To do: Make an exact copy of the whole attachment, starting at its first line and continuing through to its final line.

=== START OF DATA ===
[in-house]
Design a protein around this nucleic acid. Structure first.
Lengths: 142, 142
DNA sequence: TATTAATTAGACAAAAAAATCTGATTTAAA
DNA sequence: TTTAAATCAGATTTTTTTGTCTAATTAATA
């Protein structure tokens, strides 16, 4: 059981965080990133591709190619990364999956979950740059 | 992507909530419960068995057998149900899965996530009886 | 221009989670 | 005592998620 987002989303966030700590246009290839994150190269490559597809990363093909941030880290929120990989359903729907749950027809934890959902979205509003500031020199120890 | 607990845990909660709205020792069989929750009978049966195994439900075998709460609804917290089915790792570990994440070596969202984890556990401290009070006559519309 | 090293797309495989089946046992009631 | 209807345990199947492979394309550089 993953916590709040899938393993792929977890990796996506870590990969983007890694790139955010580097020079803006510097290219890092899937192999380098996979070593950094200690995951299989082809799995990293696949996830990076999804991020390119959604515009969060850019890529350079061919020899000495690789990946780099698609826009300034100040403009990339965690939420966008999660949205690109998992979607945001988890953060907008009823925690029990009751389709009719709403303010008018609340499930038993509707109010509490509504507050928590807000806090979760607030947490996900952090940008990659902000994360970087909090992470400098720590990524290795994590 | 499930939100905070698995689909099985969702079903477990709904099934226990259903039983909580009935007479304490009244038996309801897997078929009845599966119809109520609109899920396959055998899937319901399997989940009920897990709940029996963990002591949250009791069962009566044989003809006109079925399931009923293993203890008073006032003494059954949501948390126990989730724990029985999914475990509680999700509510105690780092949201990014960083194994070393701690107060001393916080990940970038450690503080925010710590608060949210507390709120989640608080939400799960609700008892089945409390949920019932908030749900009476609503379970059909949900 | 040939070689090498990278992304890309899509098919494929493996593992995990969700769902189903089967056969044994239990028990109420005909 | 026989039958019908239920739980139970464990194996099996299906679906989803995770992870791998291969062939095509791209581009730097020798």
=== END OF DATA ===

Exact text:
[in-house]
Design a protein around this nucleic acid. Structure first.
Lengths: 142, 142
DNA sequence: TATTAATTAGACAAAAAAATCTGATTTAAA
DNA sequence: TTTAAATCAGATTTTTTTGTCTAATTAATA
């Protein structure tokens, strides 16, 4: 059981965080990133591709190619990364999956979950740059 | 992507909530419960068995057998149900899965996530009886 | 221009989670 | 005592998620 987002989303966030700590246009290839994150190269490559597809990363093909941030880290929120990989359903729907749950027809934890959902979205509003500031020199120890 | 607990845990909660709205020792069989929750009978049966195994439900075998709460609804917290089915790792570990994440070596969202984890556990401290009070006559519309 | 090293797309495989089946046992009631 | 209807345990199947492979394309550089 993953916590709040899938393993792929977890990796996506870590990969983007890694790139955010580097020079803006510097290219890092899937192999380098996979070593950094200690995951299989082809799995990293696949996830990076999804991020390119959604515009969060850019890529350079061919020899000495690789990946780099698609826009300034100040403009990339965690939420966008999660949205690109998992979607945001988890953060907008009823925690029990009751389709009719709403303010008018609340499930038993509707109010509490509504507050928590807000806090979760607030947490996900952090940008990659902000994360970087909090992470400098720590990524290795994590 | 499930939100905070698995689909099985969702079903477990709904099934226990259903039983909580009935007479304490009244038996309801897997078929009845599966119809109520609109899920396959055998899937319901399997989940009920897990709940029996963990002591949250009791069962009566044989003809006109079925399931009923293993203890008073006032003494059954949501948390126990989730724990029985999914475990509680999700509510105690780092949201990014960083194994070393701690107060001393916080990940970038450690503080925010710590608060949210507390709120989640608080939400799960609700008892089945409390949920019932908030749900009476609503379970059909949900 | 040939070689090498990278992304890309899509098919494929493996593992995990969700769902189903089967056969044994239990028990109420005909 | 026989039958019908239920739980139970464990194996099996299906679906989803995770992870791998291969062939095509791209581009730097020798």